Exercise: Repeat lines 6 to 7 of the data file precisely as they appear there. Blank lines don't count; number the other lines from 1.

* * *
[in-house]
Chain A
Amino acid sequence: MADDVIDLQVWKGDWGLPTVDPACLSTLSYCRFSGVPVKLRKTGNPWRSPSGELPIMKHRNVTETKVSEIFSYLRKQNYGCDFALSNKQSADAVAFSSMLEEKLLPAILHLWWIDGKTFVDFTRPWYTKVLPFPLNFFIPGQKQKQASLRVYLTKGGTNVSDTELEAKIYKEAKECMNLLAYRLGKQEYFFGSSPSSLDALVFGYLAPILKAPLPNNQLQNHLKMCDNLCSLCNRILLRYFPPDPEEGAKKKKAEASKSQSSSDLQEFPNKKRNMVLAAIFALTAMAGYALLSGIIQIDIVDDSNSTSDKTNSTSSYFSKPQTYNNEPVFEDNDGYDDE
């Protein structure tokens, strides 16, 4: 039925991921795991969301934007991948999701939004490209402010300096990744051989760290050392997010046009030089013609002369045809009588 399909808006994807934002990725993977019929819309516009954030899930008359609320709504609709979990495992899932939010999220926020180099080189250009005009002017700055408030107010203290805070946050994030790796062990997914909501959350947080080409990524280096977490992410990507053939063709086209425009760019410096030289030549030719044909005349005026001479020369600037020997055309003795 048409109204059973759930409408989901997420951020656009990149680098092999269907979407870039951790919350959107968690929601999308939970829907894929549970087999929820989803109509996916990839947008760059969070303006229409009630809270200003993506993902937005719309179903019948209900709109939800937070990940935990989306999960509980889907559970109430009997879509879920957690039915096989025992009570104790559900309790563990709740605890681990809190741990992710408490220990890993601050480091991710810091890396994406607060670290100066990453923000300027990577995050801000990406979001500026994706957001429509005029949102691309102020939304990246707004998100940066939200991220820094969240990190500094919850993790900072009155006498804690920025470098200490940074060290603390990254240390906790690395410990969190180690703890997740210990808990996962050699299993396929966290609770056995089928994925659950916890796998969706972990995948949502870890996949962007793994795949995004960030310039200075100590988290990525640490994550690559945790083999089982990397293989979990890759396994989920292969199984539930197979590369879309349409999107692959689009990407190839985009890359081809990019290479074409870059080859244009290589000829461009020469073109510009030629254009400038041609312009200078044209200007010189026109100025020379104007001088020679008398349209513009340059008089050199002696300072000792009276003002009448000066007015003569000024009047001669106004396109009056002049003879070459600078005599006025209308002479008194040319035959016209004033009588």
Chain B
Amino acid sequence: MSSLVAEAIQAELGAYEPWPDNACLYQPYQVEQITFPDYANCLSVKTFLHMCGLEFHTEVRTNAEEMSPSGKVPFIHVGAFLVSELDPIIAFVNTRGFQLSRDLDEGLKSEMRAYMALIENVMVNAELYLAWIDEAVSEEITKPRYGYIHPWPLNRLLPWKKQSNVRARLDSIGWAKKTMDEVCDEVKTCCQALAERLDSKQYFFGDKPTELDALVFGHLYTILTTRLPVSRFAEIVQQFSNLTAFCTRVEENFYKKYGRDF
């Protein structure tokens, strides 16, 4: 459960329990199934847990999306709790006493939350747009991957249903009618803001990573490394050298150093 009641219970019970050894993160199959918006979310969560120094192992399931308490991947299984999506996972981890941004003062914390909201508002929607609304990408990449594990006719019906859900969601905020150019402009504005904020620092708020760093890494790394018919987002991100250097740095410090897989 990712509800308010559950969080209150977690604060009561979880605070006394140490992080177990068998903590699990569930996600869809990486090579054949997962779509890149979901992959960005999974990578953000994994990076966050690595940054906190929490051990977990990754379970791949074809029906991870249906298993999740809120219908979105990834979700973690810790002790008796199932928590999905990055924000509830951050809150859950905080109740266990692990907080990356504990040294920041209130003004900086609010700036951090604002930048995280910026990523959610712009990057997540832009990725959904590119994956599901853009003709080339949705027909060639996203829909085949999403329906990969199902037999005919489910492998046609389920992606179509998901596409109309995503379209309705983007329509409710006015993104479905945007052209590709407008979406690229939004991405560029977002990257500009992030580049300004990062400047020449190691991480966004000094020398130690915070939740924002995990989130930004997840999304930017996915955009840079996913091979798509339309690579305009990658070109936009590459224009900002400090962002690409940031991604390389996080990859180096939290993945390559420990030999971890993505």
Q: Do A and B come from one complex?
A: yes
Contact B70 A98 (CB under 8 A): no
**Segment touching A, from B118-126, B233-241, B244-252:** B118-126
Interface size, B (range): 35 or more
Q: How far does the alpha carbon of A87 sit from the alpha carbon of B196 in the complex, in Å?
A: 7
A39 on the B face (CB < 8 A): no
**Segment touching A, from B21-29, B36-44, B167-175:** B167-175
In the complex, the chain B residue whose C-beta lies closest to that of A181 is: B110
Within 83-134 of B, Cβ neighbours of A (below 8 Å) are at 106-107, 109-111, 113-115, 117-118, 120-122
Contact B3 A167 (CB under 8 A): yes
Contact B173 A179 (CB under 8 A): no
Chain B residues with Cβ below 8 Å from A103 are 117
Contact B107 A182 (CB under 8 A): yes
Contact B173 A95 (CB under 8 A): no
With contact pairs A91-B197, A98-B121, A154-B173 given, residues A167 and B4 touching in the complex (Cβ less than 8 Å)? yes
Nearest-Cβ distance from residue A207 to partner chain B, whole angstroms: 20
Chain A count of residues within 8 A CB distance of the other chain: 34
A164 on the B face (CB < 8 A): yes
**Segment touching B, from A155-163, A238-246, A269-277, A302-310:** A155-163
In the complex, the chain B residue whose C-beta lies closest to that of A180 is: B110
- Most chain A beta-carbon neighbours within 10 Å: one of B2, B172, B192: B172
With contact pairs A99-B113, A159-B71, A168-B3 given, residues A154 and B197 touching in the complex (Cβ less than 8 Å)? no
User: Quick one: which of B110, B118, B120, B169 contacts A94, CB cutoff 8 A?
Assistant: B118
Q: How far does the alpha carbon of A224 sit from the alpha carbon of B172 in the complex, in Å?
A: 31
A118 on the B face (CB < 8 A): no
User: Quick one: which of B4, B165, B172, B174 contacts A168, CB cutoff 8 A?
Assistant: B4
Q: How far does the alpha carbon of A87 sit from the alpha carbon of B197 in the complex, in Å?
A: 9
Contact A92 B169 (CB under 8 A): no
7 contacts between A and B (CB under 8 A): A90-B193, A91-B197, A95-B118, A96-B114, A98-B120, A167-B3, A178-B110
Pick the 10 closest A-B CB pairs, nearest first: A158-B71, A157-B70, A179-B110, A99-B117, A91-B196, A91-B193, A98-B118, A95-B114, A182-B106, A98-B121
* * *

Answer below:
Amino acid sequence: MSSLVAEAIQAELGAYEPWPDNACLYQPYQVEQITFPDYANCLSVKTFLHMCGLEFHTEVRTNAEEMSPSGKVPFIHVGAFLVSELDPIIAFVNTRGFQLSRDLDEGLKSEMRAYMALIENVMVNAELYLAWIDEAVSEEITKPRYGYIHPWPLNRLLPWKKQSNVRARLDSIGWAKKTMDEVCDEVKTCCQALAERLDSKQYFFGDKPTELDALVFGHLYTILTTRLPVSRFAEIVQQFSNLTAFCTRVEENFYKKYGRDF
């Protein structure tokens, strides 16, 4: 459960329990199934847990999306709790006493939350747009991957249903009618803001990573490394050298150093 009641219970019970050894993160199959918006979310969560120094192992399931308490991947299984999506996972981890941004003062914390909201508002929607609304990408990449594990006719019906859900969601905020150019402009504005904020620092708020760093890494790394018919987002991100250097740095410090897989 990712509800308010559950969080209150977690604060009561979880605070006394140490992080177990068998903590699990569930996600869809990486090579054949997962779509890149979901992959960005999974990578953000994994990076966050690595940054906190929490051990977990990754379970791949074809029906991870249906298993999740809120219908979105990834979700973690810790002790008796199932928590999905990055924000509830951050809150859950905080109740266990692990907080990356504990040294920041209130003004900086609010700036951090604002930048995280910026990523959610712009990057997540832009990725959904590119994956599901853009003709080339949705027909060639996203829909085949999403329906990969199902037999005919489910492998046609389920992606179509998901596409109309995503379209309705983007329509409710006015993104479905945007052209590709407008979406690229939004991405560029977002990257500009992030580049300004990062400047020449190691991480966004000094020398130690915070939740924002995990989130930004997840999304930017996915955009840079996913091979798509339309690579305009990658070109936009590459224009900002400090962002690409940031991604390389996080990859180096939290993945390559420990030999971890993505």